Nigerian Resident Doctors Commence Nationwide Indefinite Strike Over Unmet Demands
The Nigerian Association of Resident Doctors (NARD) is set to embark on a nationwide indefinite strike starting from 8 am today, following the failure of the Federal Government to meet their demands. The decision was reached after the association’s National Executive Council (NEC) meeting held in Lagos State.
The doctors had given the government a two-week ultimatum, which expired on July 19, to implement the resolutions of the Memorandum of Understanding (MoU) agreed upon with them. Some of the key demands put forth by the doctors include a review of the Consolidated Medical Salary Structure (CONMESS), payment of the 2023 Medical Residency Training Fund (MRTF), issuance of a circular by the Federal Ministry of Health for the replacement of doctors and nurses who have left the system, and payment of salary arrears.
Among the other demands are improvements in hazard allowances by State Governments and full salary restoration rather than just an increment, as the doctors seek to tackle the issue of brain drain in the country.
Speaking with The Nation, Dr. Emeka Orji, the President of NARD, expressed the frustration of its members over the government’s lack of action in fulfilling the agreed-upon MoU. Dr. Orji cited the critical issue of one-for-one replacement of doctors and nurses who have left the healthcare system, which has not been addressed despite a government policy being announced in February.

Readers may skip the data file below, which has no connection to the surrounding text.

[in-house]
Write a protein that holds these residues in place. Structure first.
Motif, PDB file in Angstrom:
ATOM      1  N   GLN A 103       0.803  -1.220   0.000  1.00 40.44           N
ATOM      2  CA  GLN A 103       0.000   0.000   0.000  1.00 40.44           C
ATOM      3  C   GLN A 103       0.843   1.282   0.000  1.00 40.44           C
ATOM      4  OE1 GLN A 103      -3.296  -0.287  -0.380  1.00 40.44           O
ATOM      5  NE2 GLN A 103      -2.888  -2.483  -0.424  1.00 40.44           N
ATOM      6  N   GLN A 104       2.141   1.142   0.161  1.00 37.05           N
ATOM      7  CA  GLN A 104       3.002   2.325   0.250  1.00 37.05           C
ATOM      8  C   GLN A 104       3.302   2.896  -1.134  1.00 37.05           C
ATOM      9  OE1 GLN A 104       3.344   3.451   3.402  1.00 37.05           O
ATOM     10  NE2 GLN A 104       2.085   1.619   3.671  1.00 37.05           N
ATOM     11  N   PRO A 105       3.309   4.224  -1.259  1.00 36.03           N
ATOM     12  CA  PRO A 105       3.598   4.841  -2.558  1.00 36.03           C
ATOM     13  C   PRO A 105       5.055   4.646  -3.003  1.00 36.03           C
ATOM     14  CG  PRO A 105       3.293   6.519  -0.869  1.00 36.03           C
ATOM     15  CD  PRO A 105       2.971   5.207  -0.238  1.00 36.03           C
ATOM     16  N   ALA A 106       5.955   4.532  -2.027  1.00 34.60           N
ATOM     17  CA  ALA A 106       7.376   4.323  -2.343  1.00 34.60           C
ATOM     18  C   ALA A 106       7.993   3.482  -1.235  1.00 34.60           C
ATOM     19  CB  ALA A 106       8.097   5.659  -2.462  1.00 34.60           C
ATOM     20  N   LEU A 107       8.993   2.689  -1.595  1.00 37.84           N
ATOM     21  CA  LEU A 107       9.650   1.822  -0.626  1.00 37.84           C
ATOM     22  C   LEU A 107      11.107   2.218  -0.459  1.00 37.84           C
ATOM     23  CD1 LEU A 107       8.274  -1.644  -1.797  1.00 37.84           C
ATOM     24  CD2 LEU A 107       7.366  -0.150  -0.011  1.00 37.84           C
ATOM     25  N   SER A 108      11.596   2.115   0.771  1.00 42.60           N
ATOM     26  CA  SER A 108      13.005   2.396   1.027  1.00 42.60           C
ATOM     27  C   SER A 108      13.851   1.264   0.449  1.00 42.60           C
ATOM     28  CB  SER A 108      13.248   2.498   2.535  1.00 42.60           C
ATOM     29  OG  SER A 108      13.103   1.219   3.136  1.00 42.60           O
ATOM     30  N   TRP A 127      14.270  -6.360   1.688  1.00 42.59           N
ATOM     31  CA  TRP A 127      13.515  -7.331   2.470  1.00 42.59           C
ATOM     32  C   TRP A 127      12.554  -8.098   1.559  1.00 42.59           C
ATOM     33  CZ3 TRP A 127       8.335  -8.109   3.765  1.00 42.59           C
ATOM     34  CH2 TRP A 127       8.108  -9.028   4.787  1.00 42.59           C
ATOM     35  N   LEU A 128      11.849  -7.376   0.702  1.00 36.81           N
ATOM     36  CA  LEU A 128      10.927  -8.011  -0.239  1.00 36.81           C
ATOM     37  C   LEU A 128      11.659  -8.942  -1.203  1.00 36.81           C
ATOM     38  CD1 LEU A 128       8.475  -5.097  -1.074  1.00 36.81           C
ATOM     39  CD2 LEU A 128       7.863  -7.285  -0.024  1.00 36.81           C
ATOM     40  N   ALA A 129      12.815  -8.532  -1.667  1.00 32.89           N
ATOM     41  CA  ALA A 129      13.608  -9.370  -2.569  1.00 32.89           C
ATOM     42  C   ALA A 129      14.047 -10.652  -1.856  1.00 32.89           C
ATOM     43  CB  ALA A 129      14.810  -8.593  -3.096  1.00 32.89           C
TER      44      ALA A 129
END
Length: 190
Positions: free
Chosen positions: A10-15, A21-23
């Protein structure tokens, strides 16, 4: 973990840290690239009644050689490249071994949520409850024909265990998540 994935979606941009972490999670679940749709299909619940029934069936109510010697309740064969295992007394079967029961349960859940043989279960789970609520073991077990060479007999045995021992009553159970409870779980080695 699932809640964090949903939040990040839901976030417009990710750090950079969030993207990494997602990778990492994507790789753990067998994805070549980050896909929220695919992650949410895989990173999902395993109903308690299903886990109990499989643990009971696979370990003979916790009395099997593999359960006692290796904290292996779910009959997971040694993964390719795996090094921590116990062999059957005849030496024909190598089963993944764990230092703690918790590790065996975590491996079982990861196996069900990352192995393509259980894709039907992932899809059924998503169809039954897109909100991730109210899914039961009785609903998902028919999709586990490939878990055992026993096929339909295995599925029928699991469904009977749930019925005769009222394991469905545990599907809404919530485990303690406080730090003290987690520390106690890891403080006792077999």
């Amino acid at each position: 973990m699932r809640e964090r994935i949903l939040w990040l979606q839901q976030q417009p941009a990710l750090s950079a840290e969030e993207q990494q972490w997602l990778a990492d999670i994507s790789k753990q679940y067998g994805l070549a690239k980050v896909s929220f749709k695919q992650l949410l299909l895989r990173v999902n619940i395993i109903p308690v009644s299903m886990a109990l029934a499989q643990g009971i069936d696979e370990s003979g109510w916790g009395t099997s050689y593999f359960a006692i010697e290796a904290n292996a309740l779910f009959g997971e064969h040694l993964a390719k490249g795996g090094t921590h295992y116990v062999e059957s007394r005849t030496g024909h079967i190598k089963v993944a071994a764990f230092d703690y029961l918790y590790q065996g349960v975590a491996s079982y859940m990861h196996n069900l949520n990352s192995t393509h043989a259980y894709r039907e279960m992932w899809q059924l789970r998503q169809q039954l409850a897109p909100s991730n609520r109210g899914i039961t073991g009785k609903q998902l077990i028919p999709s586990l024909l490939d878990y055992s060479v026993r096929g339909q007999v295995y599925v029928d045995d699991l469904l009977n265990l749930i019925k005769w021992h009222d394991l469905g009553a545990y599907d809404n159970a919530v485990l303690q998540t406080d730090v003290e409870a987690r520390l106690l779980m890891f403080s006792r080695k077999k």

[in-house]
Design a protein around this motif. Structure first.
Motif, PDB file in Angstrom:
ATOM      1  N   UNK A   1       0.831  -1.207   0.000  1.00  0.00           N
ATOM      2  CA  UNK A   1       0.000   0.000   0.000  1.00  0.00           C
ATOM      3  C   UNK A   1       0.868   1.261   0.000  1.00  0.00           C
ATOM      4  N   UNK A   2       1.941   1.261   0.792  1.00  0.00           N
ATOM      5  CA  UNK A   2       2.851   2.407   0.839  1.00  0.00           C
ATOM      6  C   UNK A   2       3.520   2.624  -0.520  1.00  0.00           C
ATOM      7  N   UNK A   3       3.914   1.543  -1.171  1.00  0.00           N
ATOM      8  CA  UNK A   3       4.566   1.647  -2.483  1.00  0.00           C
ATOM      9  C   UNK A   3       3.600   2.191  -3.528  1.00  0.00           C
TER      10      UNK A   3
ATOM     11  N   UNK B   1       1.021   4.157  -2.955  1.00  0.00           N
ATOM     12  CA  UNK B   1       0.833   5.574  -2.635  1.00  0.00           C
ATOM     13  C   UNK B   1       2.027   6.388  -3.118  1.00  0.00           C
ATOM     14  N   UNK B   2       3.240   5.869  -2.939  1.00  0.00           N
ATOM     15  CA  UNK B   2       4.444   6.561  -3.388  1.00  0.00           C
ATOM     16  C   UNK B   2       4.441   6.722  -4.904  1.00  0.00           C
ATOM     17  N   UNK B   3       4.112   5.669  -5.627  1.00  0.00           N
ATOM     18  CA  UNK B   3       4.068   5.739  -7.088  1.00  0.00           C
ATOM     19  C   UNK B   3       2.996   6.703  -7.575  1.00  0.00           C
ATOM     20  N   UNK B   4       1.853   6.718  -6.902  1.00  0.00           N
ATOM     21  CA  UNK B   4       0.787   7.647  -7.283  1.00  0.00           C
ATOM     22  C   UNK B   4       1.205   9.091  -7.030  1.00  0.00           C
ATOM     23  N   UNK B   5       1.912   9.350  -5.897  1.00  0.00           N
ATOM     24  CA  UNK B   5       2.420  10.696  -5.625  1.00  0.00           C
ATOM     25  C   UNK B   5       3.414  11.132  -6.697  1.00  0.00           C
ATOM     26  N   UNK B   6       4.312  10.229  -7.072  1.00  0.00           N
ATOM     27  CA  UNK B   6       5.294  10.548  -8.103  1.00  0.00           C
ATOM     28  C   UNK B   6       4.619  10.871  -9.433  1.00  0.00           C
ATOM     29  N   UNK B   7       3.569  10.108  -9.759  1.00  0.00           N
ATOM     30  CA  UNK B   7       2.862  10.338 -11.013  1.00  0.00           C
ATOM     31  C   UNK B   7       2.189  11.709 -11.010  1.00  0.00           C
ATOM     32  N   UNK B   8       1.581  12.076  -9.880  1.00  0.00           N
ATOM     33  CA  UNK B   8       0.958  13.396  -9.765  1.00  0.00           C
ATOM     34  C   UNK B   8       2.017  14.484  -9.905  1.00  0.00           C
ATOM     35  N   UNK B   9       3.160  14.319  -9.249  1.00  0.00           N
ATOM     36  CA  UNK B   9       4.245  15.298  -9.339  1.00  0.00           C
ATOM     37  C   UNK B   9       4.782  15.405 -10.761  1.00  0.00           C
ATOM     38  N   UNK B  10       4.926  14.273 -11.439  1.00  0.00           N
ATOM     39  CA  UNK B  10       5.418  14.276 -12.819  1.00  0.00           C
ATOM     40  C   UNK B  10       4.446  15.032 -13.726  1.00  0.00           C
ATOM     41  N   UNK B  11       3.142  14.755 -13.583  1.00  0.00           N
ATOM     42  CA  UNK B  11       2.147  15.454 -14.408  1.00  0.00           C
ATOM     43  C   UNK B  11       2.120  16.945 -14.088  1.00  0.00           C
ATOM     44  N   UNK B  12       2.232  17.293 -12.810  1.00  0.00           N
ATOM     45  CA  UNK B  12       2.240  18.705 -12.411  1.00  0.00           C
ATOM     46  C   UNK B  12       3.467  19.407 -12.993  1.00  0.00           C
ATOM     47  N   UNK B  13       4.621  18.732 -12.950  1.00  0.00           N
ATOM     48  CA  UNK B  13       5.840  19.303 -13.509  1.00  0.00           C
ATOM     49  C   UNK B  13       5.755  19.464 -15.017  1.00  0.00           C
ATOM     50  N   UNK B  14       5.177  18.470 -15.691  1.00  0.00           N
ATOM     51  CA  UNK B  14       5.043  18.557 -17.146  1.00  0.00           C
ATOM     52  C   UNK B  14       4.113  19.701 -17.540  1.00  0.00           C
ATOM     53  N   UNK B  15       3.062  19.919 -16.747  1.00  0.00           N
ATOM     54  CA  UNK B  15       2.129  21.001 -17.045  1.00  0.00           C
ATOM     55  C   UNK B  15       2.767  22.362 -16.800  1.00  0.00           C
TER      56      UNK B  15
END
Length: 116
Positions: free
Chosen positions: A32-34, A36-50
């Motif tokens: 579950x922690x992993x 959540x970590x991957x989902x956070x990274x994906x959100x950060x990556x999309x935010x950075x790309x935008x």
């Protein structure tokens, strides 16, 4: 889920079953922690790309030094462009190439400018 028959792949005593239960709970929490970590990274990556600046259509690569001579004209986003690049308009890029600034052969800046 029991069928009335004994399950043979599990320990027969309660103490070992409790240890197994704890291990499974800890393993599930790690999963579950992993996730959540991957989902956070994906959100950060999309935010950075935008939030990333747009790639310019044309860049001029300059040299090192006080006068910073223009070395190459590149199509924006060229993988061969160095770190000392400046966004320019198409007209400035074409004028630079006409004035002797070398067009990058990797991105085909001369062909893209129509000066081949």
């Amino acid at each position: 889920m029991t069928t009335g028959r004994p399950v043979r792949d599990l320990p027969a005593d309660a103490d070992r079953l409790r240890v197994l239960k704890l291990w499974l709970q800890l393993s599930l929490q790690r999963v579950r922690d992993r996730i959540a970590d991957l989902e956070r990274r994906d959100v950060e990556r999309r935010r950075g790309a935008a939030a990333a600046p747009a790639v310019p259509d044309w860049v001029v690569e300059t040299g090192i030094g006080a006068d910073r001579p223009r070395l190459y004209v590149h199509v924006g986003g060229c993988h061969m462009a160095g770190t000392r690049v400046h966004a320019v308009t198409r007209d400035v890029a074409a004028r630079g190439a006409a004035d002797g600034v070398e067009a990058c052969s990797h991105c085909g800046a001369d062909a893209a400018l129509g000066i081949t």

The government had promised to release the implementation guideline for this policy, but as of almost the end of July, nothing has been done. The doctors assert that the delay has resulted in a significant burden on healthcare facilities and personnel, leading to burnout, breakdowns, and, in some cases, death.
Additionally, the doctors raised concerns about the delay in releasing the Medical Residency Training Fund (MRTF) allocated in the budget for 2023 and the failure to conduct an upward review of the consolidated medical salary structure to address inflation and other economic factors.
In response to the situation, the doctors are demanding salary arrears owed to them for 2014, 2015, and 2016, alongside other unresolved issues. They emphasize that the restoration of their salaries to the value of 2014 is crucial to retain medical professionals within the country and mitigate the effects of brain drain.
Dr. Orji appealed to the government to promptly address their demands, releasing the required circular for one-for-one replacement, paying the MRTF, and commencing negotiations with clear timelines for resolving other outstanding matters. He stated that such actions would be instrumental in convincing the doctors to reconsider their strike and provide more time for resolving the remaining issues.